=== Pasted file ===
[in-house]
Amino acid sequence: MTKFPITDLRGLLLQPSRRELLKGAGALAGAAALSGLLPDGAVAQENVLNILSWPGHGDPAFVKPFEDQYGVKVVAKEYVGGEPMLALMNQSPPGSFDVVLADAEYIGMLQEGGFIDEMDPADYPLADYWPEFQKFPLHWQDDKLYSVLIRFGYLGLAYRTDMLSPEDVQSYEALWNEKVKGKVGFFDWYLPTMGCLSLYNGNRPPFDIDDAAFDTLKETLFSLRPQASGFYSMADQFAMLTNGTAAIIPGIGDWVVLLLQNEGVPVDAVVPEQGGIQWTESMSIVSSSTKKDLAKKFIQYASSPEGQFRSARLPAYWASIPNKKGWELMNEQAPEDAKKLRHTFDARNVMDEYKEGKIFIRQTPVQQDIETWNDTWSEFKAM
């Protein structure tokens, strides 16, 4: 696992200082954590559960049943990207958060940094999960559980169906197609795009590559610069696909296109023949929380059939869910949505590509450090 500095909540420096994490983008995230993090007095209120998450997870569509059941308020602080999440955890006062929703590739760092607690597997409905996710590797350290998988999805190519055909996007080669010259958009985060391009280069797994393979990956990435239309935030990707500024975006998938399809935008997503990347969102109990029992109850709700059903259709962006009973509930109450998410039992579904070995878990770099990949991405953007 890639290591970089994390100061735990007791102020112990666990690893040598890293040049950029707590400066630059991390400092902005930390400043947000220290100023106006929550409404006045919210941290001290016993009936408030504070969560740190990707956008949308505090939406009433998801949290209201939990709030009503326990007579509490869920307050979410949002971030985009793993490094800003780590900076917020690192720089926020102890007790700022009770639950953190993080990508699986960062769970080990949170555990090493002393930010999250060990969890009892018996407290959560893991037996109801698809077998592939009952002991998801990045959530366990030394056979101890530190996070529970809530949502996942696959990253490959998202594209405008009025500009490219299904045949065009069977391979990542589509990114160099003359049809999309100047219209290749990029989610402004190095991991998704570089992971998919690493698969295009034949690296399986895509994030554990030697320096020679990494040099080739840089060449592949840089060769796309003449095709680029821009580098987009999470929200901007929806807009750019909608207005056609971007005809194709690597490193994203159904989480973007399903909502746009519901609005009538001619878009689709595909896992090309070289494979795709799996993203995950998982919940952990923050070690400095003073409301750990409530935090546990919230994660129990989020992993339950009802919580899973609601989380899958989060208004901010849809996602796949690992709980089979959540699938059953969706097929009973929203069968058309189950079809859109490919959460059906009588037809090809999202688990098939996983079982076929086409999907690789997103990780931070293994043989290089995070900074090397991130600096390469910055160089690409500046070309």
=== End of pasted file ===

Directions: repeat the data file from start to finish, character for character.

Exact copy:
[in-house]
Amino acid sequence: MTKFPITDLRGLLLQPSRRELLKGAGALAGAAALSGLLPDGAVAQENVLNILSWPGHGDPAFVKPFEDQYGVKVVAKEYVGGEPMLALMNQSPPGSFDVVLADAEYIGMLQEGGFIDEMDPADYPLADYWPEFQKFPLHWQDDKLYSVLIRFGYLGLAYRTDMLSPEDVQSYEALWNEKVKGKVGFFDWYLPTMGCLSLYNGNRPPFDIDDAAFDTLKETLFSLRPQASGFYSMADQFAMLTNGTAAIIPGIGDWVVLLLQNEGVPVDAVVPEQGGIQWTESMSIVSSSTKKDLAKKFIQYASSPEGQFRSARLPAYWASIPNKKGWELMNEQAPEDAKKLRHTFDARNVMDEYKEGKIFIRQTPVQQDIETWNDTWSEFKAM
């Protein structure tokens, strides 16, 4: 696992200082954590559960049943990207958060940094999960559980169906197609795009590559610069696909296109023949929380059939869910949505590509450090 500095909540420096994490983008995230993090007095209120998450997870569509059941308020602080999440955890006062929703590739760092607690597997409905996710590797350290998988999805190519055909996007080669010259958009985060391009280069797994393979990956990435239309935030990707500024975006998938399809935008997503990347969102109990029992109850709700059903259709962006009973509930109450998410039992579904070995878990770099990949991405953007 890639290591970089994390100061735990007791102020112990666990690893040598890293040049950029707590400066630059991390400092902005930390400043947000220290100023106006929550409404006045919210941290001290016993009936408030504070969560740190990707956008949308505090939406009433998801949290209201939990709030009503326990007579509490869920307050979410949002971030985009793993490094800003780590900076917020690192720089926020102890007790700022009770639950953190993080990508699986960062769970080990949170555990090493002393930010999250060990969890009892018996407290959560893991037996109801698809077998592939009952002991998801990045959530366990030394056979101890530190996070529970809530949502996942696959990253490959998202594209405008009025500009490219299904045949065009069977391979990542589509990114160099003359049809999309100047219209290749990029989610402004190095991991998704570089992971998919690493698969295009034949690296399986895509994030554990030697320096020679990494040099080739840089060449592949840089060769796309003449095709680029821009580098987009999470929200901007929806807009750019909608207005056609971007005809194709690597490193994203159904989480973007399903909502746009519901609005009538001619878009689709595909896992090309070289494979795709799996993203995950998982919940952990923050070690400095003073409301750990409530935090546990919230994660129990989020992993339950009802919580899973609601989380899958989060208004901010849809996602796949690992709980089979959540699938059953969706097929009973929203069968058309189950079809859109490919959460059906009588037809090809999202688990098939996983079982076929086409999907690789997103990780931070293994043989290089995070900074090397991130600096390469910055160089690409500046070309």